In last week's post, 5 TEOTWAWKI Professions, I went over 5 potential occupations for a post-collapse world. We got a great response from you guys on additional end-of-the-world jobs, and I promised to give you 5 more this week.
As a reminder, we're looking at professions that are largely skill/knowledge based, and will be things that the average survivor will struggle to do on their own. If they need tools or equipment, it should largely be portable and sustainable in a no-grid scenario. If it requires raw materials, they should be readily available--common natural resources or easily scavenged materials. We're also looking at a post-collapse, TEOTWAWKI-type scenario, where we're looking mainly at smaller communities and pockets of "safe" regions.
The ability to work with metal is huge--making new tools, repairing others. A forge and anvil isn't exactly portable, but they can be built/improvised from common materials. Metal can be readily scavenged from a huge variety of sources--reebar, bed frames, leaf springs, on and on.
I've wrapped this under "engineering" instead of repair, because I think it will be just as important to fabricate and build new machines as it will be to repair them. Think Mythbuster's-esque ability to use creativity and a broad range of skills to improvise and solve problems. I'd go with jack-of-all-trades and versatility over a focus in a single area.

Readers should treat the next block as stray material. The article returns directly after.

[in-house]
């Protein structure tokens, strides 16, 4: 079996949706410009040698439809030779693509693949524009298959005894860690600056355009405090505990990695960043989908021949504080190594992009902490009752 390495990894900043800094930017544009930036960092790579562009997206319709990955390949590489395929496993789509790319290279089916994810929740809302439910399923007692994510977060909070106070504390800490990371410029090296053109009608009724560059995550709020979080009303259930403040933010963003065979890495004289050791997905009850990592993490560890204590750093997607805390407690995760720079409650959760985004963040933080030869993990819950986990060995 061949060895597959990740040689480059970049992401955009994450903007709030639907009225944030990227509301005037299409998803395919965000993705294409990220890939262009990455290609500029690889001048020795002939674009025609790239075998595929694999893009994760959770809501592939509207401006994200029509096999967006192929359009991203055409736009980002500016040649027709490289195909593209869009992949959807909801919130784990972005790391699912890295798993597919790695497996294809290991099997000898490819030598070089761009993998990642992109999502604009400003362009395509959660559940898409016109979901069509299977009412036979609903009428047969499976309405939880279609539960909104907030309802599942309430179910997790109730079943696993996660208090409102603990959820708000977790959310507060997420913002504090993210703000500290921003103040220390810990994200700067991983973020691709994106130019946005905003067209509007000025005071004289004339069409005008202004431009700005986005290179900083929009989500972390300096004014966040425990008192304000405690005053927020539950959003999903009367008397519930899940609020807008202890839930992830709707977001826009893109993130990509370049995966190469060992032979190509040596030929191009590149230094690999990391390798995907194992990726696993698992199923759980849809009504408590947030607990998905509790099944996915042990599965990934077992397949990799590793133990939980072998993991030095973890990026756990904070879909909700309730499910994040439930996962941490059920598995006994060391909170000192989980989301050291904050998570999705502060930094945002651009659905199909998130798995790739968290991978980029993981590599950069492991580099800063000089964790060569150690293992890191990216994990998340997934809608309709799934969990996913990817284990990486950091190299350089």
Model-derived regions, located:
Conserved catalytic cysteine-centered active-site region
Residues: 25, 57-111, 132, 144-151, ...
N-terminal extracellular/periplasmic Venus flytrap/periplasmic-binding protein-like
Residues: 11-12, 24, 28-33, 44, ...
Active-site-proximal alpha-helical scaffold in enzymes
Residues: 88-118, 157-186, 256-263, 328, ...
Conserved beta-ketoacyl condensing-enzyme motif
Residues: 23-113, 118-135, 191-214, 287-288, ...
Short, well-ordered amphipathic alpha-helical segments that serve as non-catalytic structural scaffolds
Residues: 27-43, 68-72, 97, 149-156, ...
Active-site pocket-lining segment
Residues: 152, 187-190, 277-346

3. Power Generation
Electricity is pretty great, and having zero source of power will pose many problems--lighting, refrigeration, . A knowledgeable and inventive person with skills in this area would be hugely valued. I don't expect conventional fuel to be readily available, so knowledge of alternative methods for generating electricity--wind, solar, hydro, wood gas, steam and so on--would be important. Heck, just having some portable solar panels and the ability to charge portable electronics and batteries would be a valuable source of trade; you would just need to protect it!
4. Ammunition Reloader
Without outside supply, the only way to replace ammunition will be through reloading. A survival reloader would need to have the typical tools of the trade (press, scale, a collection of dies, etc.), and a supply of components, but also the ability to cast lead bullets in common sizes, as well as improvise primers or mix up black powder if things got desperate.
The average gun owner barely knows how to take apart their own firearms for cleaning, and expertise in repairing, modifying and even building firearms would be close to priceless. Basic gunsmithing tools and a collection of common spare parts can fit within a normal-size toolbox. Knowledge, experience and ingenuity will be key.